The existence of Thin Places also suggests that Heaven is more near than we believe. It is a notion of the ancient Greeks that after death you go somewhere separate and far off for eternity. The Christian belief is rather that Heaven and Earth intersect. (An interesting Bishop Barron video about this intersection is here.) If Heaven is set on top of the World it only makes sense that they interact, that one can peek through to the other, that the Thin Places must exist.

On the other hand, the Rhineland Mystics might argue that the Thin Places are not a function of the location of heaven because they are, instead, everywhere:

A man may go into the field and say his prayer and be aware of God, or, he may be in Church and be aware of God; but, if he is more aware of Him because he is in a quiet place, that is his own deficiency and not due to God, Who is present in the same way in all things and places, and is willing to give Himself everywhere what is in Him. He knows God rightly who knows Him everywhere.

Meister Eckhart

If this is the case, then all the better.

In anxious moments the peace of God is available if we can still ourselves enough to experience it—regardless of the tension level around or within us. This, of course, is a secret of the saints. All of Creation is a Thin Place. Anywhere you go can be a Thin Place if you can hold fast to the peace of God, the touch of the Prince of Peace. Indeed, you can bring that peace with you into the restless places and, though God, change them. A word of calm or forgiveness can reveal that the distance between us and the holy is sometimes no distance at all, that it can pour into a moment just as much as the chatter of life can seem to drain it away.

Perhaps, then, the Thin Places are doors. The board meeting, the room of screaming children, the end of a long day, are the challenges for those of us not near sainthood, for those of us not adept at bringing peace, only looking, at this point, to find it. But you already know somewhere where it can be found.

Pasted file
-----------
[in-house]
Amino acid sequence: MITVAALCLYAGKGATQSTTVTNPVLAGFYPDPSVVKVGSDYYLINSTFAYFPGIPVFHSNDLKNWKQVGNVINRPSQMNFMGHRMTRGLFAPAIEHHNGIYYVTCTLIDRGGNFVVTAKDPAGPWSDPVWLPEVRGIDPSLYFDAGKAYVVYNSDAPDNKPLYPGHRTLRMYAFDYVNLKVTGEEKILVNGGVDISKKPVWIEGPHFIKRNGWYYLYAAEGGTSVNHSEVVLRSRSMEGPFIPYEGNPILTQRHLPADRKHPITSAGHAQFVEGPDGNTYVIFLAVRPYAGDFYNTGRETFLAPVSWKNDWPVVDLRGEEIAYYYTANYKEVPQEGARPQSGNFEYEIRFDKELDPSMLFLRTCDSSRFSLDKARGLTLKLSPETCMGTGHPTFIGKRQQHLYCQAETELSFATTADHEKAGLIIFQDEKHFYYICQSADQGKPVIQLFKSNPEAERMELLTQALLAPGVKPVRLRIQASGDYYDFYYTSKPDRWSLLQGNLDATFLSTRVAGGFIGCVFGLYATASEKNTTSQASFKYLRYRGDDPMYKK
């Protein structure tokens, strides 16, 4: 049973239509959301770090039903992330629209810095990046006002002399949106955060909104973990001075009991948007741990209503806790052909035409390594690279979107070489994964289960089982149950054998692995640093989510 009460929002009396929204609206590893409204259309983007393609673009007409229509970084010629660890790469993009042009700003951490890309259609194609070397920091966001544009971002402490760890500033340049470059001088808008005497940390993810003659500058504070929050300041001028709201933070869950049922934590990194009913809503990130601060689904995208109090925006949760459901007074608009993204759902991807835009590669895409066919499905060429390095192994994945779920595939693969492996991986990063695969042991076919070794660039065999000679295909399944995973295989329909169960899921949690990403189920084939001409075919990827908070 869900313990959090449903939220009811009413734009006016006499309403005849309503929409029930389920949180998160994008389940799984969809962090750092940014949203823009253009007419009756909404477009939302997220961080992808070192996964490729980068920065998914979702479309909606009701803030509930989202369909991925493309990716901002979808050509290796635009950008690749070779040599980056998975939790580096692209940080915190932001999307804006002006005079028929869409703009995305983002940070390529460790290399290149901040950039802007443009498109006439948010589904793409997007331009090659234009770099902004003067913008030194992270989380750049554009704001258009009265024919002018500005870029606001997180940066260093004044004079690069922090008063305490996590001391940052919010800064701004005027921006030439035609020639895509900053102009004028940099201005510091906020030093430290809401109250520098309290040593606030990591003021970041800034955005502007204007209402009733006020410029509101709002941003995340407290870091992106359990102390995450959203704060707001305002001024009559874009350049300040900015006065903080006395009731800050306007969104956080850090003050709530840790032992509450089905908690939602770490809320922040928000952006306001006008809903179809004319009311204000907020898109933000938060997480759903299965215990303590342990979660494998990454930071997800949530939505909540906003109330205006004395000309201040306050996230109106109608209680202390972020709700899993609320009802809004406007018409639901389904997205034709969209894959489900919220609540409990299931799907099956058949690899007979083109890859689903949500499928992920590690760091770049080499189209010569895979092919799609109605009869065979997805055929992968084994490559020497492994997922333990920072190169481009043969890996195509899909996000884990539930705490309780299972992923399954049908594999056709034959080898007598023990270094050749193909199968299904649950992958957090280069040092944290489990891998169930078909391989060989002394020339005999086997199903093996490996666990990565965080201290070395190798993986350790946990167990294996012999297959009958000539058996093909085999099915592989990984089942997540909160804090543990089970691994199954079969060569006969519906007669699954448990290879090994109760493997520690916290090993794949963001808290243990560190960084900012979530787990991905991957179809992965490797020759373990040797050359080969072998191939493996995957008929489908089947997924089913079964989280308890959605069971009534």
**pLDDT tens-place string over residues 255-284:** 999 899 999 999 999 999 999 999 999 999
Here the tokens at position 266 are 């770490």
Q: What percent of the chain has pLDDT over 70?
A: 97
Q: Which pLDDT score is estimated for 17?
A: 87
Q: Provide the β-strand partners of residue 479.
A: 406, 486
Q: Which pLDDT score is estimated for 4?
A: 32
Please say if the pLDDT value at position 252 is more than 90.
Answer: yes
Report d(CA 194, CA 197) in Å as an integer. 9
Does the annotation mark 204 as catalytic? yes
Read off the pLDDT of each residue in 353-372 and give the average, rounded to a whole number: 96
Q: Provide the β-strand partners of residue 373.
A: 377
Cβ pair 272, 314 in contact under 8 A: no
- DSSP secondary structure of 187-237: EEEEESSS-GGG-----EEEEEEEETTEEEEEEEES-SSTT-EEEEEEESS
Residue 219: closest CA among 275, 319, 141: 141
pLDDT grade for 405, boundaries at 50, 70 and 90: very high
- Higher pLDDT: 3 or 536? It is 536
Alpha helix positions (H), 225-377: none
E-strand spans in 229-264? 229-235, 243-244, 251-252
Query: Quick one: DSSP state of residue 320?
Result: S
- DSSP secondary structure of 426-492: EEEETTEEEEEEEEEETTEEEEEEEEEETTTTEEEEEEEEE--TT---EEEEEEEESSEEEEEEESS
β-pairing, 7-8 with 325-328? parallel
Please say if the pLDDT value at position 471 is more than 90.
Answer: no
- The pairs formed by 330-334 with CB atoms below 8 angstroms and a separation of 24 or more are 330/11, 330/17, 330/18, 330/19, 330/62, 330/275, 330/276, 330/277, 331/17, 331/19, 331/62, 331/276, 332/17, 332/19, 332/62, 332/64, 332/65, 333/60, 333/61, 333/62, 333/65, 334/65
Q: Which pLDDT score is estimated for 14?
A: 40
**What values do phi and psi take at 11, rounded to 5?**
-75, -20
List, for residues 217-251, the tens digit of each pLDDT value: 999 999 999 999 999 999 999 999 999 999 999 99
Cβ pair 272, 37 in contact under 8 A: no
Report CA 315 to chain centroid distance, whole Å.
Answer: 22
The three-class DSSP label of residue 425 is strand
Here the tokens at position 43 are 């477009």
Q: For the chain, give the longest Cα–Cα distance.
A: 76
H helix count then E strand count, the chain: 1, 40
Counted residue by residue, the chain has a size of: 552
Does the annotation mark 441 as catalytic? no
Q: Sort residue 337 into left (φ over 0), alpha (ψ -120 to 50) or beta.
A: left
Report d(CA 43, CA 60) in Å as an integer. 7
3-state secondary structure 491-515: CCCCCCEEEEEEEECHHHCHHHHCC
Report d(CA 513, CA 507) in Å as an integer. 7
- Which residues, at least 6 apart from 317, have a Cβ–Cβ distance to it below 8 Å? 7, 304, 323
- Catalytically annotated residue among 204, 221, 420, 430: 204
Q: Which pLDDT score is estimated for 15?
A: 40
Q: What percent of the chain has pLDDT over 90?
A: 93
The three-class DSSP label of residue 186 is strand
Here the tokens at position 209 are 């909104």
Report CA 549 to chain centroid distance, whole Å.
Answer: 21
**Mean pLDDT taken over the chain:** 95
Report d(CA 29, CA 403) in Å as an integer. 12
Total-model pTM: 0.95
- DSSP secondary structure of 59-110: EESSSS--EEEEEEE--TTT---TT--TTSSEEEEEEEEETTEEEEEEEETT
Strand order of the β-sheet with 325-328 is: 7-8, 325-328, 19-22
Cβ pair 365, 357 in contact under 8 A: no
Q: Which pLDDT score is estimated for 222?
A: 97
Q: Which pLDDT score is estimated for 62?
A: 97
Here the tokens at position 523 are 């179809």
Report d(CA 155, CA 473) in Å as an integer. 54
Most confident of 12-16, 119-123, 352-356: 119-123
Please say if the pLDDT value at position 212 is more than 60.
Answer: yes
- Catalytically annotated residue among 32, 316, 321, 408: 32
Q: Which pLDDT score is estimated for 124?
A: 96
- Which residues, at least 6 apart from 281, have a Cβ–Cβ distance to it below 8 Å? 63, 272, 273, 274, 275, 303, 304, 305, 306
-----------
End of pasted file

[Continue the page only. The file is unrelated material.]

We should begin at the Thin Places, give ourselves the time, patience and permission to seek out a spot where God seems near, and to drink in the stillness. Once there, feeling the closeness of Heaven, we can then pray, convey, listen. While the Kingdom of Heaven may be all around us, we can’t all expect to see it everywhere right away. Perhaps it will take some time in the Thin Places for us to begin to understand the rest of life.

And so the mission, in the end, is the same as it was at the start. The next time you feel that you are in a Thin Place, wherever it might be, remember it. Think back to the places where you were able to feel peace. Make a point of returning. Pray there, or be still. Embrace the peace you feel.

They are there for a reason, and so are you.

Twas The Night Of Nicea

Twas the Night Of Nicea, and all through the land,
The bishops were gathering, with hopes for a plan.
Three cent’ries before, Jesus had been,
But many still differed on just what that means.

Go and decide, the Emperor had said,
And so they all went, pressing firmly ahead.
Easter’s date to consider, a creed to declare,
Much to decide, with faith and with prayer.

But storm clouds were brewing. A heresy had spread:
Jesus was prophet–a branch, not the head.
Arius led them. And for this he had fought,
But it was not the good news that the apostles had taught.
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Interference

A religion that does not interfere with the secular order will soon discover that the secular order will not refrain from interfering with it.

— Archbishop Fulton Sheen, 1948

The Great Lie Of Our Time

Whether a moral, ethical or philosophical statement can be absolutely true is the central issue of our time. We live in a culture bombarded by messages from television, books, radio, magazines and more. The discoveries of archaeology and technology in the last 100 years have placed the entire past and a vision of the future at our doorsteps.

We each have at our fingertips an opportunity Aristotle or Voltaire would practically have given their lives for: We can wade into an almost endless supply of facts and piece together what is true or not true about life, death, the world, the soul and the progressive income tax.

Where science ends, we can rely upon the greatest philosophers and thinkers humanity has ever known to see over the edge. We can climb onto their shoulders and peer out further towards the truth.

The only thing holding us back is a malignant theory of our own invention: The idea that there is no truth to find. As the world has grown smaller and the perspectives of all the cultures have come into focus, some among us have decided that because there are so many belief systems, all of them must be equal.